Drinking any amount of alcohol is bad for your health

Sorry to be a spoilsport, but a glass or two of wine every night won’t improve your health.

After decades of confusing and sometimes contradictory research (too much alcohol is bad for you, but too little is good for you, or some types of alcohol are better than others), the picture is now becoming clearer: even small amounts of alcohol can have health consequences.

Research published in November revealed that between 2015 and 2019, excessive alcohol consumption resulted in an estimated 140,000 deaths a year in the United States. About 40% of these deaths had acute causes, such as automobile accidents, poisonings and homicides. But most were caused by chronic conditions attributed to alcohol use, such as cancer and liver and heart disease.

When experts talk about the dire health consequences of binge drinking, people often assume this is a message for those with an alcohol-drinking disorder. But the health risks of drinking can result from even moderate consumption.

“The risk starts to rise well before levels where people would think, ‘Oh, this person has a drinking problem,'” says Tim Naimi, director of the Canadian Institute for Substance Use Research at the University of Victoria. “Alcohol is harmful to health at very low levels.”

If you’re wondering whether to cut back on your alcohol consumption, here’s what you should know about when and how alcohol affects your health.

How do I know if I’m drinking too much?

“Excessive alcohol consumption” technically means anything above the daily limits recommended by US dietary guidelines. That’s more than two drinks a day for men and more than one a day for women.

There’s also new evidence “that there are risks even within these levels, especially for some cancers and some forms of cardiovascular disease,” says Marissa Esser, who leads the alcohol program at the Centers for Disease Control and Prevention in the US. US government.

The recommended daily limits should also not be calculated on a weekly basis. In other words, if you abstain Monday through Thursday and have two or three drinks a night over the weekend, that should be considered binge drinking.

It’s both the drinks accumulated over time and the amount of alcohol in your system at any given time that can cause harm.

Scientists think the main way alcohol causes health problems is by damaging DNA. When you drink, your body breaks it down into acetaldehyde, a chemical that is toxic to cells. Acetaldehyde “damages your DNA and prevents your body from repairing the damage,” says Esser. “Once its DNA is damaged, a cell can grow out of control and create a cancerous tumor.”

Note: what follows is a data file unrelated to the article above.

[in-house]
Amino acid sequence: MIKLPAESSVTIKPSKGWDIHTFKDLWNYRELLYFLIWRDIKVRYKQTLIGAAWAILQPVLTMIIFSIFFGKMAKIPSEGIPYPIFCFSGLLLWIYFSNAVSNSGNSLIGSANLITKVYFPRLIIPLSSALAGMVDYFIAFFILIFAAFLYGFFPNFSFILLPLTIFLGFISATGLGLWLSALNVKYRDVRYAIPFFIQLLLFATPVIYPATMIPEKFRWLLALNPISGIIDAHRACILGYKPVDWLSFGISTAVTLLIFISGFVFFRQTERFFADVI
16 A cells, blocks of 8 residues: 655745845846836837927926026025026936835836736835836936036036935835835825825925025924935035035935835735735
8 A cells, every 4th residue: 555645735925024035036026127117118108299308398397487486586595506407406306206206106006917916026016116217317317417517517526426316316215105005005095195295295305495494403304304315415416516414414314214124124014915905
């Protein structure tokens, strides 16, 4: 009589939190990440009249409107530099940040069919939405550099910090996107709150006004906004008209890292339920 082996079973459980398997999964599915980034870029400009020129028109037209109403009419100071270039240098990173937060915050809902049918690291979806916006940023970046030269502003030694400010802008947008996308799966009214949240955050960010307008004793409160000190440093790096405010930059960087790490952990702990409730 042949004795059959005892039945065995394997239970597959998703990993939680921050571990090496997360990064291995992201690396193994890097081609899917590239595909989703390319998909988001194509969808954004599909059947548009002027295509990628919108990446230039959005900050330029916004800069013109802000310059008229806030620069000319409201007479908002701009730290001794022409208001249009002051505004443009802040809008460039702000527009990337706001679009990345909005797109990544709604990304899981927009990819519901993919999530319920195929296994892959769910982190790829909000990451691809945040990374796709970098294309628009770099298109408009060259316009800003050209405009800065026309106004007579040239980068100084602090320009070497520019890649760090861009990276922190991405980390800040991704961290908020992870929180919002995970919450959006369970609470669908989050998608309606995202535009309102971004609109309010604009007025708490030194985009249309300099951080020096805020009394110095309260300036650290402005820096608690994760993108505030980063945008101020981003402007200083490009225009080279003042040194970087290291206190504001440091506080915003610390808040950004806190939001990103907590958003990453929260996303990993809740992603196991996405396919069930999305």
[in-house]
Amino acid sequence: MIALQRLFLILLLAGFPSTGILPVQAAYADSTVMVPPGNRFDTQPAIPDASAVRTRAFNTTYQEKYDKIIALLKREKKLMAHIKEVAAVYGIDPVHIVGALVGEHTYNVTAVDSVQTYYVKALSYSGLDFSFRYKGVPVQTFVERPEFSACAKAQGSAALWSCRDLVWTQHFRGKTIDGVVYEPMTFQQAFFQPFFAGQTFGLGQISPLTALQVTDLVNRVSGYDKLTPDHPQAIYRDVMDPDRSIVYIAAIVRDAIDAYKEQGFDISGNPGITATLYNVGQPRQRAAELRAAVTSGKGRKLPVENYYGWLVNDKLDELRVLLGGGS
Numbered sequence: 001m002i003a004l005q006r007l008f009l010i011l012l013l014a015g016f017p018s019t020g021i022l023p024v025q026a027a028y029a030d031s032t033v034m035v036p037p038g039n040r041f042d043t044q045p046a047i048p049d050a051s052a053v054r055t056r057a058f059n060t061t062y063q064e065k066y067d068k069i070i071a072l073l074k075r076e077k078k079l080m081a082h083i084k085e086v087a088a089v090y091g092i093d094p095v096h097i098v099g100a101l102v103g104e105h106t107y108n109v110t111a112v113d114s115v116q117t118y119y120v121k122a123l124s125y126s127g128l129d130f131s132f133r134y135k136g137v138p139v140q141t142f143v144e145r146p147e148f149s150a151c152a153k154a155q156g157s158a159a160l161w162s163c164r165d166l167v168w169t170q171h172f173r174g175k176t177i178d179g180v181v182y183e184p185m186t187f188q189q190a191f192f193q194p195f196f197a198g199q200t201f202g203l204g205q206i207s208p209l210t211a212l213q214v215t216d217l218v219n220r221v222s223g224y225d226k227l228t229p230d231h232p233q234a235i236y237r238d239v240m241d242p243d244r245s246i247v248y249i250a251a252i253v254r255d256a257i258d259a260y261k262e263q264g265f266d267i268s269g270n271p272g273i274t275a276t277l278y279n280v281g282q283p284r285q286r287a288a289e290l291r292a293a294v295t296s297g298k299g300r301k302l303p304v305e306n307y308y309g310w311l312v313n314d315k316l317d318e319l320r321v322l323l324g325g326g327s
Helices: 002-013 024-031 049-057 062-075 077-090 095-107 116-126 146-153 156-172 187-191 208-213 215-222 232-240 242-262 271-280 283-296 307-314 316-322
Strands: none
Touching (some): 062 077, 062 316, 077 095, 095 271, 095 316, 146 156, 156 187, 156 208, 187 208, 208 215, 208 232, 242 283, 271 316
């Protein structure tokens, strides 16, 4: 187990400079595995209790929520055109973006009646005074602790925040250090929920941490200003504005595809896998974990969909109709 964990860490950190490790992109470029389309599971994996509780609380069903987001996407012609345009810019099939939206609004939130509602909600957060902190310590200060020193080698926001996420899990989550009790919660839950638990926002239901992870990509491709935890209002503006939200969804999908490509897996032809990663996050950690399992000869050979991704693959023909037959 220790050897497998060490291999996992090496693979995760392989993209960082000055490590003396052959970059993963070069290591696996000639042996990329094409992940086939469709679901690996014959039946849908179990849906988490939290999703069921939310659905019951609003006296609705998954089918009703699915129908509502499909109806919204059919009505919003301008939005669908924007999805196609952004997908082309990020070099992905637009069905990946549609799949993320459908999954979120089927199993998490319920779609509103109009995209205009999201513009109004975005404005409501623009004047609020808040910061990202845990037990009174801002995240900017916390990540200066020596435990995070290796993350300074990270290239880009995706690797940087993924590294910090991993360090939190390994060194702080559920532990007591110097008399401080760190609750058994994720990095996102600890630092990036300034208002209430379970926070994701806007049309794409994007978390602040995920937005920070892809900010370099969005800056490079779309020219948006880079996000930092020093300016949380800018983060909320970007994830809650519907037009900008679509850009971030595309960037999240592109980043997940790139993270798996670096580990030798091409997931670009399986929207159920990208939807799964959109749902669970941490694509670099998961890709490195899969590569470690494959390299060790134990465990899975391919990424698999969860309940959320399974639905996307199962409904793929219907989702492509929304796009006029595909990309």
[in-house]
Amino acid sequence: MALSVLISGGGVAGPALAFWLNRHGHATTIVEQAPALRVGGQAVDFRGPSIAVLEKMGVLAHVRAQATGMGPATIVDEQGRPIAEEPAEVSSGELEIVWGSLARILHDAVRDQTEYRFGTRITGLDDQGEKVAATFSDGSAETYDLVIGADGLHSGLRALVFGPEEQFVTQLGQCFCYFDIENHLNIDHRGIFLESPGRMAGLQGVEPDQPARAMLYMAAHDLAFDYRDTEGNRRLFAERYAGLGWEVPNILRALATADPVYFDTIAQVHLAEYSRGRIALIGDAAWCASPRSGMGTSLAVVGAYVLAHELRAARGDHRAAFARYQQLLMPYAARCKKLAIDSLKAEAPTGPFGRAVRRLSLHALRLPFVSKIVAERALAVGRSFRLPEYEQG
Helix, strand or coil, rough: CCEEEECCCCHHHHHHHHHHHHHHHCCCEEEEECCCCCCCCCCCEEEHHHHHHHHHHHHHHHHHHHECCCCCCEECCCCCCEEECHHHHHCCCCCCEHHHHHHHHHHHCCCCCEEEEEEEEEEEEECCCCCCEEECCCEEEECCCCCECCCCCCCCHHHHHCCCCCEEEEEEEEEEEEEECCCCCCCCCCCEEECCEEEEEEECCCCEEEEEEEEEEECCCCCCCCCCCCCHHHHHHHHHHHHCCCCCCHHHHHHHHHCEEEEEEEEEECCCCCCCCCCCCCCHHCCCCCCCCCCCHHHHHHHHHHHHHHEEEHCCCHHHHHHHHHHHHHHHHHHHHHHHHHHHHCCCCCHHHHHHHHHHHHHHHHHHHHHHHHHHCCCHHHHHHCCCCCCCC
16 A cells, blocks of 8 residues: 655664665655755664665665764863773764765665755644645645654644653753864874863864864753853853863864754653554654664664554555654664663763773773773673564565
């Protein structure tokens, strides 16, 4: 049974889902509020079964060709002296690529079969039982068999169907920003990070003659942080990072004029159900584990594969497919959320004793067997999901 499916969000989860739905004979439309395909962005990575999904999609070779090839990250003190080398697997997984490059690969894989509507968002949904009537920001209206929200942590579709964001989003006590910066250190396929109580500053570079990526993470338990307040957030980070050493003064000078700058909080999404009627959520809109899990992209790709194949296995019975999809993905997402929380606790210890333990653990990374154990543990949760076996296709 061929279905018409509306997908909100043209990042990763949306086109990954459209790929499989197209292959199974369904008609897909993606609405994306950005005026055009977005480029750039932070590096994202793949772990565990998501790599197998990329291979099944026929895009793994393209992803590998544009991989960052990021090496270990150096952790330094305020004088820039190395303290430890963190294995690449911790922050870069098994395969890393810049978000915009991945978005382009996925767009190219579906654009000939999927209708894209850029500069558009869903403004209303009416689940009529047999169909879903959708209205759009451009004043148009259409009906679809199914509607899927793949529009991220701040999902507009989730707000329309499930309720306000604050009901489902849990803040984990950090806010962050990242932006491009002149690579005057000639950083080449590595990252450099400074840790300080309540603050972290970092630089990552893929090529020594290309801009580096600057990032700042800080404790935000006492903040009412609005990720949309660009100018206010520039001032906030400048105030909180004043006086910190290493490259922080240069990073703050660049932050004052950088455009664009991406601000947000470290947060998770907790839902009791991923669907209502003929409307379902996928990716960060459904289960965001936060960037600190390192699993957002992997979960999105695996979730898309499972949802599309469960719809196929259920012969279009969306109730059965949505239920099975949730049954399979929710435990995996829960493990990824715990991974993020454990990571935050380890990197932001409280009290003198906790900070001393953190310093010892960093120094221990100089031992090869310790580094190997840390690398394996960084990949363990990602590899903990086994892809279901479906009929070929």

Alcohol also creates oxidative stress, another form of DNA damage that can be especially damaging to the cells lining blood vessels. This form of stress can lead to hardening of the arteries, resulting in increased blood pressure and coronary heart disease.

“It fundamentally affects DNA and therefore affects many organ systems,” Naimi points out. Over the course of a lifetime, chronic consumption “cumulatively damages tissue”.

Is there any damage to the heart?

The effect of alcohol on the heart is confusing, as some studies claim that small amounts of alcohol, especially red wine, can be beneficial. Previous research has suggested that alcohol raises HDL, the “good” cholesterol, and that resveratrol, an antioxidant found in grapes (and red wine), has heart-protective properties.

However, says Mariann Piano, a professor of nursing at Vanderbilt University, “There’s been a lot of recent evidence that has really challenged the idea of ​​any kind of so-called cardioprotective or health-promoting effect of alcohol.”

The idea that low doses of alcohol are good for the heart probably stems from the fact that people who drink small amounts tend to have other healthy habits, such as exercising, eating lots of fruits and vegetables, and not smoking. In observational studies, the heart benefits of these behaviors may have been incorrectly attributed to alcohol, Piano says.

More recent research has found that even low levels of alcohol consumption slightly increase the chances of high blood pressure and heart disease, and the risk increases dramatically for people who drink to excess.

The good news is that when people stop drinking or simply cut back, their blood pressure drops. Alcohol is also linked to an abnormal heart rhythm known as atrial fibrillation, which increases the risk of blood clots and strokes.

For which types of cancer does alcohol increase the risk?